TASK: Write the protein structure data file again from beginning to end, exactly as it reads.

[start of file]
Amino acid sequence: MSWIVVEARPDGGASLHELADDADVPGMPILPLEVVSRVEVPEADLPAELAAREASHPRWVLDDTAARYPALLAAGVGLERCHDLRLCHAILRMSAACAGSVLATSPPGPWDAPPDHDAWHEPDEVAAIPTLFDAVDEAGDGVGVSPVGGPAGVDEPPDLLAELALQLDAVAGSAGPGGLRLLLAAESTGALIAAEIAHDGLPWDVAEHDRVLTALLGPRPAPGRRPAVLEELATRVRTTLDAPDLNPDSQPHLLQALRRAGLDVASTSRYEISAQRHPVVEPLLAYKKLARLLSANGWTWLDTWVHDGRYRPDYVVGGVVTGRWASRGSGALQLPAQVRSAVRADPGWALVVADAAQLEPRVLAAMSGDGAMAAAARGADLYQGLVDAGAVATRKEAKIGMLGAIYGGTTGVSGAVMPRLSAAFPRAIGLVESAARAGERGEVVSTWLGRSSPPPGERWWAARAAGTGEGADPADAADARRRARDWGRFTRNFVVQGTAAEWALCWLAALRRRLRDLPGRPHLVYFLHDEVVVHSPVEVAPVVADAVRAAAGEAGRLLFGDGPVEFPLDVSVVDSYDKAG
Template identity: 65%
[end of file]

Amino acid sequence: MSWIVVEARPDGGASLHELADDADVPGMPILPLEVVSRVEVPEADLPAELAAREASHPRWVLDDTAARYPALLAAGVGLERCHDLRLCHAILRMSAACAGSVLATSPPGPWDAPPDHDAWHEPDEVAAIPTLFDAVDEAGDGVGVSPVGGPAGVDEPPDLLAELALQLDAVAGSAGPGGLRLLLAAESTGALIAAEIAHDGLPWDVAEHDRVLTALLGPRPAPGRRPAVLEELATRVRTTLDAPDLNPDSQPHLLQALRRAGLDVASTSRYEISAQRHPVVEPLLAYKKLARLLSANGWTWLDTWVHDGRYRPDYVVGGVVTGRWASRGSGALQLPAQVRSAVRADPGWALVVADAAQLEPRVLAAMSGDGAMAAAARGADLYQGLVDAGAVATRKEAKIGMLGAIYGGTTGVSGAVMPRLSAAFPRAIGLVESAARAGERGEVVSTWLGRSSPPPGERWWAARAAGTGEGADPADAADARRRARDWGRFTRNFVVQGTAAEWALCWLAALRRRLRDLPGRPHLVYFLHDEVVVHSPVEVAPVVADAVRAAAGEAGRLLFGDGPVEFPLDVSVVDSYDKAG
Template identity: 65%